On Friday, May 15, the U.S. Department of Homeland Security (DHS) issued a notice clarifying to employers that they cannot reverify Lawful Permanent Residents (LPRs) who presented evidence of permanent residence status that was unexpired at the time of the employee’s initial Form I-9, Employment Eligibility Verification, regardless of later expiration. While employers were never required to reverify LPRs, there has long lacked specific instruction on this, leading many involved in human resources across Pennsylvania and New Jersey to conduct reverifications of LPRs in violation of federal law.
What is Form I-9?
verify the identity and employment authorization of individuals hired for employment in the United States.” All employers in the United States must are required to implement procedures for the use of Form I-9 that ensure its proper completion for each individual that is hired for employment in the United States—citizens and noncitizens alike.
Federal law requires employers to “allow employees to choose which document(s) they will present from the Lists of Acceptable Documents” that is included with Form I-9. As the DHS M-274, Handbook for Employers, notes, in “Section 1, an LPR may choose to present a List A document (such as Form I-551, Permanent Resident Card, commonly referred to as a Green Card) or a List B and C document combination (such as a state-issued driver’s license and unrestricted Social Security card).”
LPRs are issued a Form I-551, Permanent Resident Card (LPR Card) as evidence of permanent resident status. If an individual is an LPR and presents a valid LPR Card when completing Form I-9, the LPR Card is deemed a sufficient “List A” document, thereby rendering successful the employer’s verification of the individual’s identity and ability to work in the United States. An employee need not present any further evidence. Acceptable LPR Cards include:
- Those issued from January 1977 to August 1989 that have no expiration date;
- Currently unexpired, but with 10-year expiration dates; and
- Currently unexpired, but with 2-year expiration dates.
To Reverify or Not to Reverify?
The DHS notice informs that employers who successfully complete the Form I-9 verification process with an LPR Card that either did not have an expiration date or was a 10- or 2-year LPR Card that was unexpired at the time of verification must not seek to reverify the employee in the future even if the LPR Card later expires.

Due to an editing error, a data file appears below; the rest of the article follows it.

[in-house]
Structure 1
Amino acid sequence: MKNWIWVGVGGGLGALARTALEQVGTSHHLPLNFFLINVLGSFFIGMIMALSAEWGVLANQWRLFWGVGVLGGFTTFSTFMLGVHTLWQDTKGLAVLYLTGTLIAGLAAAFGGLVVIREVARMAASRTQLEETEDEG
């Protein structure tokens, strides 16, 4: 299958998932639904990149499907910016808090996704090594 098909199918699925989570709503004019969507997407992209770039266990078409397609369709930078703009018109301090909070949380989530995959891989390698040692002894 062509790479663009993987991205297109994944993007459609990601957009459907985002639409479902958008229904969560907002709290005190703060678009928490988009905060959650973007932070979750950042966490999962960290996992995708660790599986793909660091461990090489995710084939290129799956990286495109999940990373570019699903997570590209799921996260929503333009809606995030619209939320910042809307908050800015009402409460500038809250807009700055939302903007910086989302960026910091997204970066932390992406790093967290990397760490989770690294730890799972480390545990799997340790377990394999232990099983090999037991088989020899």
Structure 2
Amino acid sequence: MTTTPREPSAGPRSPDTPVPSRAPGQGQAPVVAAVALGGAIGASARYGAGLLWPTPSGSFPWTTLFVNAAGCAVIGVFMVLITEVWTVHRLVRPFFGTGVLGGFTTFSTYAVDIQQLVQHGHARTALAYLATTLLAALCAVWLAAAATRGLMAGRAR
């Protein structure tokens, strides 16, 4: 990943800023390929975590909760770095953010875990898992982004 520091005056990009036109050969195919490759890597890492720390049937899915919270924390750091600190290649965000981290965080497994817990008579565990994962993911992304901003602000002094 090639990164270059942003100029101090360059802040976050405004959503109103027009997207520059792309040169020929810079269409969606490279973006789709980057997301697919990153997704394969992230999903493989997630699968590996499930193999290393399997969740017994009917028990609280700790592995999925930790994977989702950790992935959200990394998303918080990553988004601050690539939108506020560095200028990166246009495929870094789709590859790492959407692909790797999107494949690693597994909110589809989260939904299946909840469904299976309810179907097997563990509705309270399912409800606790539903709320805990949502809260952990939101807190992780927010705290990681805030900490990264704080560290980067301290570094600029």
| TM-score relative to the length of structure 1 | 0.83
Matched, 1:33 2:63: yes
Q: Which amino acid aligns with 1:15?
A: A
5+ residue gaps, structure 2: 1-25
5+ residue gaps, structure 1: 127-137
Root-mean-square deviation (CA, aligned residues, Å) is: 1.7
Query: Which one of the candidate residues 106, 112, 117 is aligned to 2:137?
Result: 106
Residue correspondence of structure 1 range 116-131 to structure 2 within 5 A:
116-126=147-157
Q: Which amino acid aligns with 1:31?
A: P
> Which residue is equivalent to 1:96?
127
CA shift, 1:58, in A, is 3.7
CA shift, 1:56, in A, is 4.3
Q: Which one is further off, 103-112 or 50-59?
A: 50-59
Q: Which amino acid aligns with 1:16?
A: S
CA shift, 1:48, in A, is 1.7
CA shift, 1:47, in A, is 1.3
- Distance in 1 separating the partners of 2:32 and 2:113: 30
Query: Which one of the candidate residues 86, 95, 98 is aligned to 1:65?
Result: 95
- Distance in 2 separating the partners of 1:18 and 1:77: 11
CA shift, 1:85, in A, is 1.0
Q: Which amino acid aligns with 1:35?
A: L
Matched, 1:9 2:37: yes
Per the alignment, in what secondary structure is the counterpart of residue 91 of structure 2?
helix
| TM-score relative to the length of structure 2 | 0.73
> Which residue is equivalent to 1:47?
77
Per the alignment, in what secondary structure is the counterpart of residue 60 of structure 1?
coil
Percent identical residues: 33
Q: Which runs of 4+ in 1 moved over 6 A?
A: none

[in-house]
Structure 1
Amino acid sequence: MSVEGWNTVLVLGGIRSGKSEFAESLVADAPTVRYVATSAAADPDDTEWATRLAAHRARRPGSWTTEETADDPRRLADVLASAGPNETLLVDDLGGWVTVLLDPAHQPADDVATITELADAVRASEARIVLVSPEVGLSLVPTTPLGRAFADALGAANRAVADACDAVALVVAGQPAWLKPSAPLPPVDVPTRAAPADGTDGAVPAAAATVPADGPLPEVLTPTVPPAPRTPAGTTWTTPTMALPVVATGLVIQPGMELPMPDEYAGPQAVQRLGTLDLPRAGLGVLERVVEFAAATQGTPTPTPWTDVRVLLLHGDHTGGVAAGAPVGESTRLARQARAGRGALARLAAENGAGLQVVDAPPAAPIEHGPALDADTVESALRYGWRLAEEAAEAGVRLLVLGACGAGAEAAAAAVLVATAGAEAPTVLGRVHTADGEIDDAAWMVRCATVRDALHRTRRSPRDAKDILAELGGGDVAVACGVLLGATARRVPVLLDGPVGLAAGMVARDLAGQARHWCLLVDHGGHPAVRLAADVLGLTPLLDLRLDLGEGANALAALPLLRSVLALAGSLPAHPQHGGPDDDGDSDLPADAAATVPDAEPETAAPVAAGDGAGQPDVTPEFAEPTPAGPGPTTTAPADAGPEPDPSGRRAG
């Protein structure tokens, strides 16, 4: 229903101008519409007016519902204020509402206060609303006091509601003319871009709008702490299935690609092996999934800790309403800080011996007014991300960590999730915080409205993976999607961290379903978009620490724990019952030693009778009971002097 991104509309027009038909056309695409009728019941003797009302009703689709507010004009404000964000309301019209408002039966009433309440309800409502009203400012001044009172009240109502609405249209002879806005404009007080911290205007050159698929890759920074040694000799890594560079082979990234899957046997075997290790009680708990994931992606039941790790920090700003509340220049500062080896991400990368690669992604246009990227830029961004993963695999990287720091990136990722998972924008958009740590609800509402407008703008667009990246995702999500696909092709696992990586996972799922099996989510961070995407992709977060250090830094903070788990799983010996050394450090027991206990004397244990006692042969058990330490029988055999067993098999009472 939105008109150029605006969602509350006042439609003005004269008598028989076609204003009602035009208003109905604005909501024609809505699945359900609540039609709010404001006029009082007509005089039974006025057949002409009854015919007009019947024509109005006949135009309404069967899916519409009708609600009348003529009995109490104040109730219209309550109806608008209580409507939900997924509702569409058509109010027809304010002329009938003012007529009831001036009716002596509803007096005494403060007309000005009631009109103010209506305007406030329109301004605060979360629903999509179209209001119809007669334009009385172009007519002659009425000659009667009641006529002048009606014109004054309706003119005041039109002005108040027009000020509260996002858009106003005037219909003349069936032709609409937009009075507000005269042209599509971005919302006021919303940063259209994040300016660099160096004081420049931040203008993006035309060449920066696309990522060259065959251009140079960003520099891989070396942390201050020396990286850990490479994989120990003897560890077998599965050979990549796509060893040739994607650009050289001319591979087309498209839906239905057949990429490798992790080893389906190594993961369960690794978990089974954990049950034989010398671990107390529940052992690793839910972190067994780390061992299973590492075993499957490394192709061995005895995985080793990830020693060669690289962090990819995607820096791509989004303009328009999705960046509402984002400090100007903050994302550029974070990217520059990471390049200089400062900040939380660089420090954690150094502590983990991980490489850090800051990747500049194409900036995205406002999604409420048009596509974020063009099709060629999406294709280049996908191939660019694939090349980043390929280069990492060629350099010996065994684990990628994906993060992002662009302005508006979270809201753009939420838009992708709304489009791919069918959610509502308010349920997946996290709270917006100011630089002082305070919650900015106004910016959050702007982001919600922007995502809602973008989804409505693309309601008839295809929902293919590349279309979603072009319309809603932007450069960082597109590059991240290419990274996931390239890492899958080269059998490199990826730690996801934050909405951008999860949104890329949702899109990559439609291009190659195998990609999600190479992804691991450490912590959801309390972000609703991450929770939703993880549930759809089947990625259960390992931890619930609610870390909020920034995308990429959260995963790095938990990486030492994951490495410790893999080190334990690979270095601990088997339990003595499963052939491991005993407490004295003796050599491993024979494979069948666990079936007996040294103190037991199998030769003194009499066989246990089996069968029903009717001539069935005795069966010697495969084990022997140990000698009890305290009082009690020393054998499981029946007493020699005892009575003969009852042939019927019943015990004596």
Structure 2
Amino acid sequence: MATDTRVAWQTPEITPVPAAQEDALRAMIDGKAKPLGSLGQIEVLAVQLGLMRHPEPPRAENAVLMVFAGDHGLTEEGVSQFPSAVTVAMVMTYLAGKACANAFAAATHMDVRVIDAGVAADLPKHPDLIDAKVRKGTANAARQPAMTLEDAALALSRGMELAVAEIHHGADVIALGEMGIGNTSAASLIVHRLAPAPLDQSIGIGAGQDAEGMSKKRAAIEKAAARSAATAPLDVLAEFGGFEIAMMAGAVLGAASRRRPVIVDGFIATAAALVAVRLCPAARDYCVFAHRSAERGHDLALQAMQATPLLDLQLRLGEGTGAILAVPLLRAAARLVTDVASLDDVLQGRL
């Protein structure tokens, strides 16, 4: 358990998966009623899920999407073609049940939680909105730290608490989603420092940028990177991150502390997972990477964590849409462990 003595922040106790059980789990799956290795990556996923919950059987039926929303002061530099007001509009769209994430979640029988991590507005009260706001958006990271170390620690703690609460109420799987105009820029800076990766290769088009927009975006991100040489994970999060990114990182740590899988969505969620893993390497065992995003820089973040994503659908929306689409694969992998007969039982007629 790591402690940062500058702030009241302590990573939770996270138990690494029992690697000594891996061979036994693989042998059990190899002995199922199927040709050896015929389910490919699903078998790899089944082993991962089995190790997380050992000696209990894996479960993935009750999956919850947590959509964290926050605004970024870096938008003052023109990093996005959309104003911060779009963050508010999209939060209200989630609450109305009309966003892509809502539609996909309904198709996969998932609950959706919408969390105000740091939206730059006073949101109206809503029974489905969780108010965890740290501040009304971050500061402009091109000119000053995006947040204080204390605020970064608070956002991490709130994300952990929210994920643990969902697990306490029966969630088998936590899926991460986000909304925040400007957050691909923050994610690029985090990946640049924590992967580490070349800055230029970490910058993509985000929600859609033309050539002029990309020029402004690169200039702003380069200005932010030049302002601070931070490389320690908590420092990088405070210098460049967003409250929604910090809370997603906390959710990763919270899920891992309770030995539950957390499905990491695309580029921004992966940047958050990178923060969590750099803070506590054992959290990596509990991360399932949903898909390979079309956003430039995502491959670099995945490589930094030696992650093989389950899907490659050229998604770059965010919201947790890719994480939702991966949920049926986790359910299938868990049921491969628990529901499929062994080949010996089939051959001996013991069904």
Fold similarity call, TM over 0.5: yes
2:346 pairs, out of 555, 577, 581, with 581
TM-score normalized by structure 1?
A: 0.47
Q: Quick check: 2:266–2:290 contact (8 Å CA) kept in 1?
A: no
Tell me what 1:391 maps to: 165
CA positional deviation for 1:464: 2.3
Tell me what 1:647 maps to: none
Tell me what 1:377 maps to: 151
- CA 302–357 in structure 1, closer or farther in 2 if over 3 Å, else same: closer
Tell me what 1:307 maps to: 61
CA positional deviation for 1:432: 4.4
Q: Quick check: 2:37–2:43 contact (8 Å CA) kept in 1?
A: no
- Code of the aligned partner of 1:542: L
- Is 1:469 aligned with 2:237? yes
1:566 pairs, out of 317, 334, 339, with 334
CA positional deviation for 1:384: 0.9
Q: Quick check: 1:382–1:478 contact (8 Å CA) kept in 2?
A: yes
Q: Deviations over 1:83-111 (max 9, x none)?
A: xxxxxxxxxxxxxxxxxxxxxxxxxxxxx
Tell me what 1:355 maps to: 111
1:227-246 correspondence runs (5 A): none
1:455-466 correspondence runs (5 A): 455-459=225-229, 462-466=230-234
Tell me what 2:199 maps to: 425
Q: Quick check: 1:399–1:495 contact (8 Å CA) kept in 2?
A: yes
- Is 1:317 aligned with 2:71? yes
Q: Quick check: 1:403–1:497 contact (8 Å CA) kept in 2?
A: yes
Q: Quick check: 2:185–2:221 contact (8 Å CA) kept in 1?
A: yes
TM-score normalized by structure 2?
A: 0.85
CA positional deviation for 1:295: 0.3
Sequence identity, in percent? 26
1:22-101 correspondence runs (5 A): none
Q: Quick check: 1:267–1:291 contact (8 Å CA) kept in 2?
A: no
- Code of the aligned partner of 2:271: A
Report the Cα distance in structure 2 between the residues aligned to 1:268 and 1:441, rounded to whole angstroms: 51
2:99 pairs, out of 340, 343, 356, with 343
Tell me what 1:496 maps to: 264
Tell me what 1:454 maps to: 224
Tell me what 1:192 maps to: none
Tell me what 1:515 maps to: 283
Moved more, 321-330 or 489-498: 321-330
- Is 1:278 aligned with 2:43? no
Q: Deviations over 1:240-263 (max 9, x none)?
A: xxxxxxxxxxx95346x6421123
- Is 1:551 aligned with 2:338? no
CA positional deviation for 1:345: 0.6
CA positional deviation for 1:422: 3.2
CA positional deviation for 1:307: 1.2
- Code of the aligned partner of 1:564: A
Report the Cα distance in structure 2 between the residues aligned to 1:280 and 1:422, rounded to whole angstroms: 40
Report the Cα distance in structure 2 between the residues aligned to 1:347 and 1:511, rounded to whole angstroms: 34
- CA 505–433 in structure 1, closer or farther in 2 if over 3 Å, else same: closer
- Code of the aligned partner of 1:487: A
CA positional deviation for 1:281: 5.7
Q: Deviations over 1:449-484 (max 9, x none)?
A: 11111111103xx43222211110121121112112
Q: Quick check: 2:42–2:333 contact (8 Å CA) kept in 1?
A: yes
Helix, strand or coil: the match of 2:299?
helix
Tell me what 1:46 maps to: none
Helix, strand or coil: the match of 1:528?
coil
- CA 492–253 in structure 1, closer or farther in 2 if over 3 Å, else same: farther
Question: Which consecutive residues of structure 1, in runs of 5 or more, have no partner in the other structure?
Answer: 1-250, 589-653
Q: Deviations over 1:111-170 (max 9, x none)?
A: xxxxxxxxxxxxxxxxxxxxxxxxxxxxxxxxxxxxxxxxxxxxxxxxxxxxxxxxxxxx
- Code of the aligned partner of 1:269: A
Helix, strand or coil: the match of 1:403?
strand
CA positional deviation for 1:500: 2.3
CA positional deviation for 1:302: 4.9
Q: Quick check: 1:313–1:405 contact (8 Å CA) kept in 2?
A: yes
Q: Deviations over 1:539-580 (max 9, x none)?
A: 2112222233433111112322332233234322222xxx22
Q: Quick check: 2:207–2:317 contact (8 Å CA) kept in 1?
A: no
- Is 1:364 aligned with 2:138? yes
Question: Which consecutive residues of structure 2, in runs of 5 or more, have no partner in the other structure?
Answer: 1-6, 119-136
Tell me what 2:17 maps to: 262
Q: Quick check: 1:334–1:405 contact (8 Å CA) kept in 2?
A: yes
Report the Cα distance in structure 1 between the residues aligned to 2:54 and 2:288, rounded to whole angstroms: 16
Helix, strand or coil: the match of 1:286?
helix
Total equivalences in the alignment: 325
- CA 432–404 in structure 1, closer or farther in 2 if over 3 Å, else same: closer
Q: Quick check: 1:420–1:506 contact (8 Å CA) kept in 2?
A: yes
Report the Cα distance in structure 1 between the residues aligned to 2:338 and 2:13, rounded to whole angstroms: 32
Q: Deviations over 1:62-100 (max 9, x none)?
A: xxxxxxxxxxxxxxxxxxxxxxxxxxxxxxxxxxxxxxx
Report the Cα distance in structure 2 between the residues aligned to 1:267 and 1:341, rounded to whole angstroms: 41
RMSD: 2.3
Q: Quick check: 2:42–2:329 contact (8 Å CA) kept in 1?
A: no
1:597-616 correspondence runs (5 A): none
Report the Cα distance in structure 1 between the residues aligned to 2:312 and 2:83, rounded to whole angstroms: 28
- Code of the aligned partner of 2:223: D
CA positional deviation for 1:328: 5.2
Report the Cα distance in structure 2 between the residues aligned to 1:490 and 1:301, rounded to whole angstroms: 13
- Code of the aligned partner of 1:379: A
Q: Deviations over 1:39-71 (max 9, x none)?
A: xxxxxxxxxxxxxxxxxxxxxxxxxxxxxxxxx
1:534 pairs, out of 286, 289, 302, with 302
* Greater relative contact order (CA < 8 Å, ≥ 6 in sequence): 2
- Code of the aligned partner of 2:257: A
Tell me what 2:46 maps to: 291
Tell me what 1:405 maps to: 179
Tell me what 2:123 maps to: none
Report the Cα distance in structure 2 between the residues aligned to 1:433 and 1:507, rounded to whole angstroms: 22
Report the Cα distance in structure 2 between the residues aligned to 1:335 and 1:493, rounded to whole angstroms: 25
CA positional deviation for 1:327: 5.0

However, when an individual that is an LPR presents the following to an employer during the Form I-9 verification process, it is necessary to reverify:
- Expired LPR Card and Form I-797, Notice of Action (which is issued when an individual applies to renew an LPR Card), that indicates the LPR Card’s validity has been extended. Employers should consider these documents as acceptable “List C” evidence, requiring reverification at the end of the extension period. Note that the employee must still present a valid, unexpired “List B” document to satisfy the initial Form I-9 verification.
- Form I-94 or Form I-94A, Arrival-Departure Record, containing an unexpired temporary I-551 stamp and a photograph of the individual. When presented, these documents are acceptable “List A” evidence. Employers must conduct a reverification no later than when the I-551 stamp expires, or one year after the issuance of Form I-94 or Form I-94A, Arrival-Departure Record, should the record not indicate an expiration date.
- Current foreign passport with a photograph and either a temporary I-551 stamp or I-551 printed notation on a Machine-Readable Immigrant Visa. Additionally, if the current, foreign passport is, in the rare instance, endorsed with “CR-1,” rather than an I-551 stamp, the employer is reminded that the “CR-1” endorsement is the equivalent of an I-551 stamp. Employers must conduct a reverification when the I-551 stamp or I-551 printed notation on the Machine-Readable Immigrant Visa expires. If there is no expiration date listed, the reverification must occur no later than one year from the date that the I-551 was stamped or “CR-1” was endorsed in the foreign passport.
To learn more about this blog post or if you have any other immigration concerns, please feel free to contact me at email@example.com or (484) 544-0022.